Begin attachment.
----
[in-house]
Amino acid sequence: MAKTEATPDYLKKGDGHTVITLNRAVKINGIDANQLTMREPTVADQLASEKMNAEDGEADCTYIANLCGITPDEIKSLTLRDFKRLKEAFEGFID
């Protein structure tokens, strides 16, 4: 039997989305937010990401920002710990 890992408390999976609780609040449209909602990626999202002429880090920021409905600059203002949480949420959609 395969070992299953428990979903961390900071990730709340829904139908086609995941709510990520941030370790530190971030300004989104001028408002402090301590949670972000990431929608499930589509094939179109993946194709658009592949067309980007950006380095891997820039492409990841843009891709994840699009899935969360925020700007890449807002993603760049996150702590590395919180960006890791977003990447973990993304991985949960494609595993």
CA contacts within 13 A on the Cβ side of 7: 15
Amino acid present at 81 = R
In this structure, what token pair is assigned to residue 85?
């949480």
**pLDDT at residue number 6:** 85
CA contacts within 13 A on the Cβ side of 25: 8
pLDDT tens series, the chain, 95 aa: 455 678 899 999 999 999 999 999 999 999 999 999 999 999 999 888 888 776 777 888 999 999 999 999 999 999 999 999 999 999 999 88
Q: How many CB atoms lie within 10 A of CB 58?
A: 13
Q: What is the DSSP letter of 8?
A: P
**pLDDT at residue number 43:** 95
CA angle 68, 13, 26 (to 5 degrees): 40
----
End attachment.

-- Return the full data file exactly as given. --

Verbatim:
[in-house]
Amino acid sequence: MAKTEATPDYLKKGDGHTVITLNRAVKINGIDANQLTMREPTVADQLASEKMNAEDGEADCTYIANLCGITPDEIKSLTLRDFKRLKEAFEGFID
């Protein structure tokens, strides 16, 4: 039997989305937010990401920002710990 890992408390999976609780609040449209909602990626999202002429880090920021409905600059203002949480949420959609 395969070992299953428990979903961390900071990730709340829904139908086609995941709510990520941030370790530190971030300004989104001028408002402090301590949670972000990431929608499930589509094939179109993946194709658009592949067309980007950006380095891997820039492409990841843009891709994840699009899935969360925020700007890449807002993603760049996150702590590395919180960006890791977003990447973990993304991985949960494609595993």
CA contacts within 13 A on the Cβ side of 7: 15
Amino acid present at 81 = R
In this structure, what token pair is assigned to residue 85?
């949480």
**pLDDT at residue number 6:** 85
CA contacts within 13 A on the Cβ side of 25: 8
pLDDT tens series, the chain, 95 aa: 455 678 899 999 999 999 999 999 999 999 999 999 999 999 999 888 888 776 777 888 999 999 999 999 999 999 999 999 999 999 999 88
Q: How many CB atoms lie within 10 A of CB 58?
A: 13
Q: What is the DSSP letter of 8?
A: P
**pLDDT at residue number 43:** 95
CA angle 68, 13, 26 (to 5 degrees): 40